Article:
Pet-Proof Your Home:
Make sure your home is a safe haven for your new furry friend, from the floor to the ceiling. Cats love to scratch and dogs love to chew. Providing them with the proper toys will not only keep them happy, but will also help protect your furniture and personal items.

Instill Good Behavior: Begin
good behavior habits from the moment you bring your pet home. Though nipping may seem adorable at first, this behavior may become a pattern that could become a big problem later. Use simple words to praise and command, setting boundaries and confirming you are the boss. For more formal training, seek your local animal trainer or enroll your pooch in an obedience class.

Source: www.UltraLastLitter.com.

How to Get More for Your Money

April 26, 2013 3:24 pm

It used to be that "middle class" meant "comfortable." Yet today, some are finding that lifestyle is slipping away as they struggle to maintain their standard of living.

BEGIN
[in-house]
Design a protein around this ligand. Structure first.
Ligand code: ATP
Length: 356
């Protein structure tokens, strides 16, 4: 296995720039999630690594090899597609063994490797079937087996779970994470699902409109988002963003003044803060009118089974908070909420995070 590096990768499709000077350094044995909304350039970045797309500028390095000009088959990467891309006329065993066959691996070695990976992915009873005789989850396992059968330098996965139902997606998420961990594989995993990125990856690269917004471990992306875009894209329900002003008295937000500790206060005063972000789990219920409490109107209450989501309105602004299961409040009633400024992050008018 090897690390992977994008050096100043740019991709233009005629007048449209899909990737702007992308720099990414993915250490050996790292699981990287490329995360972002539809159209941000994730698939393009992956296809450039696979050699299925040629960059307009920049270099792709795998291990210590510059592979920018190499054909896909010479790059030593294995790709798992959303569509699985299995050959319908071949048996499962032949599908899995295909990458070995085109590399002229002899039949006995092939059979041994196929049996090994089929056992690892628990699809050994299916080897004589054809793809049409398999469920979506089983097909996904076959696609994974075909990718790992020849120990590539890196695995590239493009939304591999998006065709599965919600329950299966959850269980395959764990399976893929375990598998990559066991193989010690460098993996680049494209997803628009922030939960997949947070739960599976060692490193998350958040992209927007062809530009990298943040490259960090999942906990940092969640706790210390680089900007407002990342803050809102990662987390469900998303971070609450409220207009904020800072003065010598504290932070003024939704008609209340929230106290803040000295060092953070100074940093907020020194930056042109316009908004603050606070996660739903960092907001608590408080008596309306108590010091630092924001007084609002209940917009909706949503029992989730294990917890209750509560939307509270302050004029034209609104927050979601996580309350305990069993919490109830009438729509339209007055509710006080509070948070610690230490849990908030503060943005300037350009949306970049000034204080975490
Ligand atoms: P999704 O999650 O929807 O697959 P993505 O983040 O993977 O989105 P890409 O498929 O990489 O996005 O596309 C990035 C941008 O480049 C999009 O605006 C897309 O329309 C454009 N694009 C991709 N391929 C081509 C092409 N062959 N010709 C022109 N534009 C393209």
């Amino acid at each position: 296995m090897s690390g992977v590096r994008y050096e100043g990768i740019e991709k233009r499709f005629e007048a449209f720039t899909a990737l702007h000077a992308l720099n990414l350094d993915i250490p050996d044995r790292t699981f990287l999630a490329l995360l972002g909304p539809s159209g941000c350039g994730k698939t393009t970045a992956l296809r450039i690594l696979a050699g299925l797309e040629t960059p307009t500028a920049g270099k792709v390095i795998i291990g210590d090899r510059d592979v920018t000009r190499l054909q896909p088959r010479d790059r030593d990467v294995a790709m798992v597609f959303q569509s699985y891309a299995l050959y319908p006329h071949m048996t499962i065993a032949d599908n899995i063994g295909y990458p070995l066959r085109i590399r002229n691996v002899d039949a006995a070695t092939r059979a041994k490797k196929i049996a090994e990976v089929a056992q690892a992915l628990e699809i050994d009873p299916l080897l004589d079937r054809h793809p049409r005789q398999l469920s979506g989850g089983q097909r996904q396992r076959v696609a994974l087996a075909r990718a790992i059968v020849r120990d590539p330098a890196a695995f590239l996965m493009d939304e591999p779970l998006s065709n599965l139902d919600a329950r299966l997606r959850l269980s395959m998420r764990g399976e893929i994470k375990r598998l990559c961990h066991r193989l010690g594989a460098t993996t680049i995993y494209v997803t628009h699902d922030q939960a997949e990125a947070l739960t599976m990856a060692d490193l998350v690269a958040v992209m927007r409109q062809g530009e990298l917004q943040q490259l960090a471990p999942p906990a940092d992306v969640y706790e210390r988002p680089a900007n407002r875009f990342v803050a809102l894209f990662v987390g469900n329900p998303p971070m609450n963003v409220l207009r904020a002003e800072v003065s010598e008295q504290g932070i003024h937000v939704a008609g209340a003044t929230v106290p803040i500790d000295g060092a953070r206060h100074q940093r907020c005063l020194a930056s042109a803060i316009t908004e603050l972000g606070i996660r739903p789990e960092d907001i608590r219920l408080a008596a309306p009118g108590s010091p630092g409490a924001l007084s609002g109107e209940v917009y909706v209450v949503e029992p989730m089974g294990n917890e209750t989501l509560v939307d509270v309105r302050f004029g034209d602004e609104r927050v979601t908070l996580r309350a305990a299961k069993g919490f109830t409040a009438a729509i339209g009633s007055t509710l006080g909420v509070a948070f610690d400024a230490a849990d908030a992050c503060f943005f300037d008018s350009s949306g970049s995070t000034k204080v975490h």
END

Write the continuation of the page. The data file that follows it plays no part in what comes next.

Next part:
Today, the best way to maintain the lifestyle you're accustomed to is to become smarter with the money you do have.

Here are a few ways you can maximize your money:

Budget for your specific needs. When every dollar counts, you can't afford to let anything slip through the cracks. That's where a budget comes in. Creating one—and actually using it—can help you take control of your money. Start by keeping a spending journal so you can see where your money's going. Next, subtract your fixed monthly costs (i.e. mortgage or rent, car payment, utilities, savings, etc.) from your monthly income. The remaining money is what you have left for variable expenses, such as groceries, entertainment, gas, etc. How you divide this money is up to you -- the only catch is you have to stay within your budget limits.

Plan ahead to avoid ATM fees. Avoiding this extra cost is as simple as planning ahead. Paying $3 here and there may not seem like a lot, but it adds up over time. For example, paying $3 at a non-bank ATM, four times a month adds up to $144 each year. That's money that could have been put away in savings or spent on other items.

Find a credit card that benefits you.
Look for one that rewards you for the money you spend.

Save money on everything. With a bit of advance planning and research, you can save money on everything from groceries and gas to haircuts and entertainment. Many of these savings can be found online and through mobile apps. Follow your favorite businesses via social media to learn about exclusive discounts and sales. Mobile apps can help you find the lowest prices on gas and other items you use every day.

Source: BMO Harris Bank